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Thread: Claude---1960 Willys Jeep Wagon

  1. #1
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    Claude---1960 Willys Jeep Wagon

    For 35 years I have done upholstery in cars, trucks, boat, motorcycle seats, etc. Some 27 years ago I had a friend of mine-Larry- wanted a camo interior done. It turned out to be the 1960 Willys Jeep Wagon. I did seats, door panels, side panels and kick panels and he wanted it to be diamonds. It took me days to layout and sew them. I do not use the pre made stuff, I glue the vinyl to sew foam and then mark out the diamonds, then sew them up. Any how, last Friday my friend was having lunch in the same place and he asked me if I knew anyone that wanted to buy his Jeep. I asked how much and could I have a look at it. My lady and I looked at it and we bought it. He had owned it for about 40 years. All this time it was kept in a garage or his warehouse. With it came 2 pallets of parts, have not gone thru them yet. Now, I need to digest what I have and what I am going to do with it. I am sure I will have questions, will appreciate the help.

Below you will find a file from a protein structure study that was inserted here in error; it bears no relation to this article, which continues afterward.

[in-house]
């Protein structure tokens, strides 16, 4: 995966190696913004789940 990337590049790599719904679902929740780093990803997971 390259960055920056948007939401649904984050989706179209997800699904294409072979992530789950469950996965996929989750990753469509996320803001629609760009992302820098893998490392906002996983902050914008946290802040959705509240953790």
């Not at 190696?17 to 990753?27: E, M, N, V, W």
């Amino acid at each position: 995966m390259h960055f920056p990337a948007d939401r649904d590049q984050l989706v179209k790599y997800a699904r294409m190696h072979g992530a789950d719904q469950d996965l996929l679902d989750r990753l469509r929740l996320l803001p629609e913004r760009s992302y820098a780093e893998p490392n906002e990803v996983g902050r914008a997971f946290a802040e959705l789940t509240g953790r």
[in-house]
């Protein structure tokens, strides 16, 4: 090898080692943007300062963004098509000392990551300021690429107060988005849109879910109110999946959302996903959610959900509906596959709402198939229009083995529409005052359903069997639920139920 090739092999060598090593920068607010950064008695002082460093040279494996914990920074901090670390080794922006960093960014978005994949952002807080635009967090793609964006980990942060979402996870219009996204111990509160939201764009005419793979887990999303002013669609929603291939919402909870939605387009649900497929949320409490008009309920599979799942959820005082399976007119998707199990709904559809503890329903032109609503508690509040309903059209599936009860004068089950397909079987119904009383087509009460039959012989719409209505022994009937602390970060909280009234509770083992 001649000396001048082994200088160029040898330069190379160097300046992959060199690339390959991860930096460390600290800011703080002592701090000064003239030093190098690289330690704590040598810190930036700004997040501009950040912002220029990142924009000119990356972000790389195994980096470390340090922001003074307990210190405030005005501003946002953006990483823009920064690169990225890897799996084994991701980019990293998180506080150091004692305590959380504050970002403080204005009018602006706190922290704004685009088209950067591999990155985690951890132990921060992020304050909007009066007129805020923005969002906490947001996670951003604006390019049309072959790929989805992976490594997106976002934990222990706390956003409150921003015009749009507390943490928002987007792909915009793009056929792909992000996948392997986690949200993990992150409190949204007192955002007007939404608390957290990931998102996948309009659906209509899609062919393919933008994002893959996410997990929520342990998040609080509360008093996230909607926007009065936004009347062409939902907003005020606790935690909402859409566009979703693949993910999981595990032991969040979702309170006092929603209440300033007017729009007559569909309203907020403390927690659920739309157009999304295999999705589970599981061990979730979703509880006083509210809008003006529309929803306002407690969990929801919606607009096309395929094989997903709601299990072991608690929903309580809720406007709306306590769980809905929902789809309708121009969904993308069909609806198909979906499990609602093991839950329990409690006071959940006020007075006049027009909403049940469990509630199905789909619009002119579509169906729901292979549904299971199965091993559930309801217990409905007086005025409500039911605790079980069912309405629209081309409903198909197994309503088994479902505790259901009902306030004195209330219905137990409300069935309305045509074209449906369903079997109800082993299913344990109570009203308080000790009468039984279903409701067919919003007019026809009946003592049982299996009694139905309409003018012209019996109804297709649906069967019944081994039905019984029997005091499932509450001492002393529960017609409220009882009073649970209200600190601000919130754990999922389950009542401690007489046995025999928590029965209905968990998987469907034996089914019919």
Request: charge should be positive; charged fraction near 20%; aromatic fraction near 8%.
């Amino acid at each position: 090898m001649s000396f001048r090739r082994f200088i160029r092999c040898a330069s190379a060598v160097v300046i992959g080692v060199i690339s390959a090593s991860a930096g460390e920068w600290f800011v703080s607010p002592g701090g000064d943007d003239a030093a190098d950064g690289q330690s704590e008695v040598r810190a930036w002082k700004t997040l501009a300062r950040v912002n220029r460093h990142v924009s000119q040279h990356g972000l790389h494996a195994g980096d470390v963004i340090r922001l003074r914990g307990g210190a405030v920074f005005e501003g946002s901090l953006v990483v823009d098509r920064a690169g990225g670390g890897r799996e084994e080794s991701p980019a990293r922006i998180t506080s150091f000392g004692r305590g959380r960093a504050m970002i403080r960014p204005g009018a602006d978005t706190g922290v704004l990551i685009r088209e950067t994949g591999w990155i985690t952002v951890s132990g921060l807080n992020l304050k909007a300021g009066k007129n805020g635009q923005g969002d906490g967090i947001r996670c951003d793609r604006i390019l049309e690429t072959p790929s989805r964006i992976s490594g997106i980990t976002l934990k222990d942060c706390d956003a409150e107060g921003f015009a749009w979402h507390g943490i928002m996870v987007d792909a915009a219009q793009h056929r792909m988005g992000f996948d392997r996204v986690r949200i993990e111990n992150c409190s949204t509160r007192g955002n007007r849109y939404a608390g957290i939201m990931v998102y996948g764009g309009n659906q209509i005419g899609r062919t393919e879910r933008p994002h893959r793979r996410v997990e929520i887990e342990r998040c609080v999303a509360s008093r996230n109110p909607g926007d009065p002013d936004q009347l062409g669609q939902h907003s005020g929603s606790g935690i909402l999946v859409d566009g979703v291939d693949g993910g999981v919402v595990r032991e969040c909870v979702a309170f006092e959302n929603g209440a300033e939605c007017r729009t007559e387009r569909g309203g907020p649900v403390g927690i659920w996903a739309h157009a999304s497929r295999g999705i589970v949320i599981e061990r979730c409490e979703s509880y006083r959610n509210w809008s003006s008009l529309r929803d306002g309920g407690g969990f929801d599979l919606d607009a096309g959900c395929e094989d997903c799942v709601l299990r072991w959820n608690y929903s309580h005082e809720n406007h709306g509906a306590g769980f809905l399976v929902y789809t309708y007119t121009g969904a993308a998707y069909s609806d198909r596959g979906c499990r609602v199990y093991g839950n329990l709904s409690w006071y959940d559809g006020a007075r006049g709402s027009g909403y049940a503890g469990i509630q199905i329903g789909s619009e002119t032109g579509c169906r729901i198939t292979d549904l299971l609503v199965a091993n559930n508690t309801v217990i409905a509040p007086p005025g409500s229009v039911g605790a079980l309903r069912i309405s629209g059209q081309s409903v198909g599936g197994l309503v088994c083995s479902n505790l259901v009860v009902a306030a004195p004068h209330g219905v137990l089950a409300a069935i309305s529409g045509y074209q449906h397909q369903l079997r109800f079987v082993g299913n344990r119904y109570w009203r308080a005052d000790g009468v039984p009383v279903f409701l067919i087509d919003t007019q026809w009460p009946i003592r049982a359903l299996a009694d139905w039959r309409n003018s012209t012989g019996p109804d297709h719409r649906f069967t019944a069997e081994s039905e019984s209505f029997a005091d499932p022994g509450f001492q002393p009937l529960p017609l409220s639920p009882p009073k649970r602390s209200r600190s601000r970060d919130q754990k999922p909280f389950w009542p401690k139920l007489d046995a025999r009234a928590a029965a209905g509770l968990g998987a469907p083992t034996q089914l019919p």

2. #2
    Super Moderator LarrBeard's Avatar
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    Oh man - what a teaser!

    Show us the camo!!!!

  3. #3
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    trying to figure out how to post pictures

  4. #4
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    I dropped-dragged 3 pictures

  5. #5
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    not sure about pics, tried, not sure they came thru
    Attached Images Attached Images

  6. #6
    Super Moderator gmwillys's Avatar
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    You are a master at your craft of upholstery. The patience involved in getting all the diamonds just right is a lost art. Your wagon looks to be fairly complete, so that should be a good starting point. Feel free to ask anything. There is several folks on here that will share their experience whenever asked. Look forward to seeing your progress.

  7. #7